Mindful Walking utilizes mindfulness and ecopsychology as emotional regulation skills. This is especially true if you are able to do this exercise outdoors. Mindful walking may be used to de-fuse potential emotional aggression. If you feel that one of your triggers has been activated, and you can take a break, go outside and do a little mindful walking!

The goal of a mindful walking exercise is to increase self-awareness by focusing on the sensations your body experiences while walking. Your brain takes in about 2 billion bytes of information per second. Of all this information being taken in, you are usually only conscious of about 4000 bytes of this information. This Mindful Walking exercise helps you to learn to become more consciously aware by learning to focus on only one thing at a time. By being present in the moment, we learn to let go of worries about the past, and anxieties about the future.

It is preferable to do this exercise outdoors if possible, but if necessary you may also do the exercise indoors. You may wish to make a recording of it for your mp3 player so that you may take it with you while you walk, or you can watch the video below to get a good idea of the process. the video below is for the Coyote Walk Meditation, a type of mindful walking that we use in our Ecospirituality Program.

Mindful Walking Instructions

Read over the instructions below, then try it on your own:

  • Start by standing with your feet about shoulder width apart, with your weight evenly distributed. Your hands should hang loosely and freely by your side. Gaze at the ground about five or six feet in front of you. Don’t focus your eyes on anything…just allow your eyes to relax.
  • Center yourself before beginning to walk by taking a few deep breaths before beginning to walk. Don’t begin to walk until your attention and intention are focused on the moment. Shift from Doing Mode to Being Mode.
  • When you are ready, slowly lift your right leg in preparation for taking the first step.
  • As you step, focus on feeling every muscle in your leg. Note what each muscle is doing as you move. Don’t hurry the step. Just allow yourself to experience all the sensations that your leg is giving to you. Step forward until your right foot makes contact with the ground. Notice how your foot makes contact with the surface.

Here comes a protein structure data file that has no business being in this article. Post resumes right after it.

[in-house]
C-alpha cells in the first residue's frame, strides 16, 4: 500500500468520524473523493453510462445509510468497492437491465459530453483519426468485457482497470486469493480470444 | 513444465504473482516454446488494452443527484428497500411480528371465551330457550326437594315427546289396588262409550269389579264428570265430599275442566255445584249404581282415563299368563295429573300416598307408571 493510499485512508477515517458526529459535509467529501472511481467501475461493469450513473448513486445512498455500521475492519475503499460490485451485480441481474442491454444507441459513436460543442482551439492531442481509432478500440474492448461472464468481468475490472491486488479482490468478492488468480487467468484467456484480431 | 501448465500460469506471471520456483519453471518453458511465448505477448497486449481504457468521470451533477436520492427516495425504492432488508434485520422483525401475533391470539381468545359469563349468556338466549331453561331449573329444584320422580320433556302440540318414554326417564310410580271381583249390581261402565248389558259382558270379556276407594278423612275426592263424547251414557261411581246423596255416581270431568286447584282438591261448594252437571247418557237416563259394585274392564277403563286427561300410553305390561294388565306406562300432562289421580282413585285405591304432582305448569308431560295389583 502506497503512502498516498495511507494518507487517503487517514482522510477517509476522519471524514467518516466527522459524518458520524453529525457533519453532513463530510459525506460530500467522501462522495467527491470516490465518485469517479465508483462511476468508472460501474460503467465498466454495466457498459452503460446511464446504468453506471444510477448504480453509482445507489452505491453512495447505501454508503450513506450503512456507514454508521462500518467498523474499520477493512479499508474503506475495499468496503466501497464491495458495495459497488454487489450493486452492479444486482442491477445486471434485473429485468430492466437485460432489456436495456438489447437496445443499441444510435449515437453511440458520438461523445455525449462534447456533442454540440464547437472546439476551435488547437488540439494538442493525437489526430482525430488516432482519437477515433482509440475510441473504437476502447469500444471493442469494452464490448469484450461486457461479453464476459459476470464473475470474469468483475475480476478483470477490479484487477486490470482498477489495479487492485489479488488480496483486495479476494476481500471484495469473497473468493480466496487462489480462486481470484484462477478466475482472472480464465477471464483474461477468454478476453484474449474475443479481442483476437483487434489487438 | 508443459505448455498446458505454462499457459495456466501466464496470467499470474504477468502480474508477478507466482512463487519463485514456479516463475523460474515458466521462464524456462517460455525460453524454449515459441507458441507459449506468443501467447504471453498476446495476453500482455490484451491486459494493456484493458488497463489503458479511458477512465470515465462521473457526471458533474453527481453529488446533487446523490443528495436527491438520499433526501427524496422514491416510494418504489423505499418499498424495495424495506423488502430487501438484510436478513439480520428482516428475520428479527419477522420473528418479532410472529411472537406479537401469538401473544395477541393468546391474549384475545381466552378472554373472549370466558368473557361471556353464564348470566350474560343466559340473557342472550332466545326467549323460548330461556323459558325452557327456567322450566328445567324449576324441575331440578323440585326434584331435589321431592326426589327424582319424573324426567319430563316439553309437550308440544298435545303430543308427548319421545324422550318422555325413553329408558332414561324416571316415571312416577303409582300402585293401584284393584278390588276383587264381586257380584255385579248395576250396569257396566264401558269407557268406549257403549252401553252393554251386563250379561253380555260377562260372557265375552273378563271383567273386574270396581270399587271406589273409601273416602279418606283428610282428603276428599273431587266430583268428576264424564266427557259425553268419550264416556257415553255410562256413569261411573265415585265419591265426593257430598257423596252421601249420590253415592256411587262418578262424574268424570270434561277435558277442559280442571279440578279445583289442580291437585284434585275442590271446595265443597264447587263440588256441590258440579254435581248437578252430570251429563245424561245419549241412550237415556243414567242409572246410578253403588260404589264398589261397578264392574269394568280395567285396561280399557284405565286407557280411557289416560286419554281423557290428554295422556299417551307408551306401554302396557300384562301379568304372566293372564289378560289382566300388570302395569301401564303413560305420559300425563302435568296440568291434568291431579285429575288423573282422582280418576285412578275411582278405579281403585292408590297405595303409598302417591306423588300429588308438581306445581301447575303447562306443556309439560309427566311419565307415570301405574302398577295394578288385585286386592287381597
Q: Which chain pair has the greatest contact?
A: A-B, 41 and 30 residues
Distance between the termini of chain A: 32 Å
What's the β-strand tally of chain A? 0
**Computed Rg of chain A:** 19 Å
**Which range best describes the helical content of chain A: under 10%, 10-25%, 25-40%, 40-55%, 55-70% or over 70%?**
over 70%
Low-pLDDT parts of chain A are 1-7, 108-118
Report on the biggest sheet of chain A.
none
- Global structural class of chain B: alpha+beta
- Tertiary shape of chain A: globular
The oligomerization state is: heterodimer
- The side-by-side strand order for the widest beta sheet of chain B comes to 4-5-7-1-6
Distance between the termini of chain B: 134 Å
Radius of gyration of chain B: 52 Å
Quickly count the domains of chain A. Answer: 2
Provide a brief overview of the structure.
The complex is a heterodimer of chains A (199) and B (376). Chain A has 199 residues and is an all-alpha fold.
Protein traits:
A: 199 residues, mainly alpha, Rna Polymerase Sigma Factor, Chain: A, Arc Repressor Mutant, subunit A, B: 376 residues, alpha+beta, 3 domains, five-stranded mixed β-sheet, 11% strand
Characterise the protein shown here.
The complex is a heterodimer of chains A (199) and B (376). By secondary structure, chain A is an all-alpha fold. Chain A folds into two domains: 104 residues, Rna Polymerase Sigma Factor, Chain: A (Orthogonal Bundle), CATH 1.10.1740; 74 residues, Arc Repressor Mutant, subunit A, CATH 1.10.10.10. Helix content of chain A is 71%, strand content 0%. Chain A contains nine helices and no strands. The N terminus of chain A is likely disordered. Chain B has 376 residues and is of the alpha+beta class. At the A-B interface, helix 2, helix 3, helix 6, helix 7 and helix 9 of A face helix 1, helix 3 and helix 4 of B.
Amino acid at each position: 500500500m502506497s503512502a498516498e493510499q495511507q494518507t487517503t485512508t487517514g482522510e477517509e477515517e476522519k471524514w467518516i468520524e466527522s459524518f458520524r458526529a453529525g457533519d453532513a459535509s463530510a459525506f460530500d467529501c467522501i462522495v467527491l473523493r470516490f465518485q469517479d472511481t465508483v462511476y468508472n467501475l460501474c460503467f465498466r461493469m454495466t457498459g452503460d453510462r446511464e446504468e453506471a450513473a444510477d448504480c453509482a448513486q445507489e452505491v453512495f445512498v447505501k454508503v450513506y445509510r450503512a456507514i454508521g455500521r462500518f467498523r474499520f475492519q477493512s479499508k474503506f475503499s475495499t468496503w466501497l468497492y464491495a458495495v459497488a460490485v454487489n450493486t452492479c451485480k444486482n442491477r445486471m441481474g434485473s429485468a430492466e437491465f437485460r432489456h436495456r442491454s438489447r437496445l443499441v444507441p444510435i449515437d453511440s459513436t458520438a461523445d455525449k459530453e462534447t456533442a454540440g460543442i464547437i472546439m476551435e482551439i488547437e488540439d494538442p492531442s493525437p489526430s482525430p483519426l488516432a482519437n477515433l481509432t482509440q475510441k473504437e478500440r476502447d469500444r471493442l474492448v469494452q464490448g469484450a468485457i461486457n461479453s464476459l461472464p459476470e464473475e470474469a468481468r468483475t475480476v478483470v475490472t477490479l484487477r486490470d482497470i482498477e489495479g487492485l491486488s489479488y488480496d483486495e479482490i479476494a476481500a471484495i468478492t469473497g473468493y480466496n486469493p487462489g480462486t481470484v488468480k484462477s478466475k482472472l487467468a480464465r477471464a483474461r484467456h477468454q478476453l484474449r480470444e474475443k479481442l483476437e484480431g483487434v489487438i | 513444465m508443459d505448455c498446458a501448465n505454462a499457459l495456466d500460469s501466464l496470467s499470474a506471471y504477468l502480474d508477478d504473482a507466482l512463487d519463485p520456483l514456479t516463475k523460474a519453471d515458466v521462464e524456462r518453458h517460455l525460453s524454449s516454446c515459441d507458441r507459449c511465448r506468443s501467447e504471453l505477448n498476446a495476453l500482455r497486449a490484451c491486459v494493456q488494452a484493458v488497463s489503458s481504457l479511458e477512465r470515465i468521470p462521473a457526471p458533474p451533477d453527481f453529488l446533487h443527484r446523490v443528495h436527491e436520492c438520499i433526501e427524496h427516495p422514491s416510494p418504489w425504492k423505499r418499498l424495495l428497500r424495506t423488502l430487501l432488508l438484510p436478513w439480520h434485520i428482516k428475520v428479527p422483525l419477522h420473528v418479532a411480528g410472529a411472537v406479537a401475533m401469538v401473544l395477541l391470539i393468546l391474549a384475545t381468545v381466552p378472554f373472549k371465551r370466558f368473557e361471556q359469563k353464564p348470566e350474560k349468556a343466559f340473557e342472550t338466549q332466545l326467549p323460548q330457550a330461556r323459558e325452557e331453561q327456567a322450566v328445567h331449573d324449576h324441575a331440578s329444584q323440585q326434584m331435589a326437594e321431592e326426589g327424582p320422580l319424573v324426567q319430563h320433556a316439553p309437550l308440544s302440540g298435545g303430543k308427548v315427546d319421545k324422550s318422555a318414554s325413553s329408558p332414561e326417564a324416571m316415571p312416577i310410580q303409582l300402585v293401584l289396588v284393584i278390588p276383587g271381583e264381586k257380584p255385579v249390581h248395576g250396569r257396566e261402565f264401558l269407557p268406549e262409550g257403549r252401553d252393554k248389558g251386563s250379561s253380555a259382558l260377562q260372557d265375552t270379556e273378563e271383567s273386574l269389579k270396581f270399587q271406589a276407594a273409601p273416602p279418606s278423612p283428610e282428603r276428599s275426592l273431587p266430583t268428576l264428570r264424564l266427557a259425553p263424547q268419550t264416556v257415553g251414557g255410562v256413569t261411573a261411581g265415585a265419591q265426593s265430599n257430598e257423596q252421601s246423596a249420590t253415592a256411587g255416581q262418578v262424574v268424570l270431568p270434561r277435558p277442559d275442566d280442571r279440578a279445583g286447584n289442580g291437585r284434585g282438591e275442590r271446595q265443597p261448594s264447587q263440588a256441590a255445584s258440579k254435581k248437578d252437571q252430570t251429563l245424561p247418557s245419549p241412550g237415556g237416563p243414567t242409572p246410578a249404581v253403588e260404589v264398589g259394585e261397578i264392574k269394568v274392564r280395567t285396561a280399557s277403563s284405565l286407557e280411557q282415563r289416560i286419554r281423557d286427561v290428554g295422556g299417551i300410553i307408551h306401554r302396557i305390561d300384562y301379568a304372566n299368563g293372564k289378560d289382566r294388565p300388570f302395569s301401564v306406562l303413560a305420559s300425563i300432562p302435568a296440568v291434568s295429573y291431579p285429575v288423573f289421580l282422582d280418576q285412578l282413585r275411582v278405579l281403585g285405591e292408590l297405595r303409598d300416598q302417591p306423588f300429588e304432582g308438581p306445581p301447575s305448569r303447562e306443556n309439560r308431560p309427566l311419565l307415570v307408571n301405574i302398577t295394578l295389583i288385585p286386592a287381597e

• Did your heel touch first, or was it your toes?
  • Did you feel the pressure of contact first with the inside edge of your foot, or with the outside edge?
  • Now as you begin to bring your left foot forward for another step, notice how the weight changes on your right foot. Is it changing from heel to toe, or the other way around? Where do your feet feel the pressure? Can you feel the pressure move across your right foot as you make the next step?
  • Now as you bring your left foot forward to make contact with the ground, repeat the procedure. Note how the pressure and weight change over your left foot and leg as you prepare to make another step with your right foot.
  • Continue on, walking in the same manner, paying attention only to the way your body moves as you continue to walk. Focus only on the sensations your body continues to give you.
  • At times you may find yourself becoming distracted. If you notice a fragrance on the breeze, or if an animal crosses your path, or if you hear a bird singing, your mind may wander from the sensations of walking. If this happens, simply stop walking until your attention returns to you.
  • Sometimes the distractions are not in the environment, but in your mind. If thoughts and feelings take your mind off of the walking, then once again, stop walking until your mind returns to focusing only on the walking.
  • Remember that the goal of this exercise is to practice paying attention to only one thing at a time, and one thing only. If you feel tempted to begin thinking about the past or the future, stop walking until your thoughts and feelings return only to the sensations of the walking.
  • As you continue to practice Mindful Walking as part of your daily routine, your mind will become more calm and relaxed. Mindful walking is something that you can practice at any time during the day whenever you need a quick break from doing.
  • As you continue to practice focusing on only one thing at a time, you we gain more control over your own thoughts and feelings. You will become less prone to periods of overwhelming emotions and thoughts. You will also learn to experience the joy and the happiness within you.
  • Continue your walk, directing your attention only to the sensations of your walking. As you come to an end to this mindful walking meditation, slowly take your last step, and come to a stop, resting comfortably where you stand.
  • End the meditation by taking a few deep breaths and expanding your awareness to the environment around you. You may wish to do a mindful meditation during your mindful walking exercise as well.

Use the Mindful Walking meditation whenever you have the opportunity to take a quick break; especially if you find yourself experiencing anxiety or depression. Strong emotions can lead to emotional aggression, and you can de-fuse such ruminating cycles by shifting from Doing Mode into Being Mode. Mindful Walking helps you to do this by taking energy out of the thinking cycle and shifting it into the sensing cycle.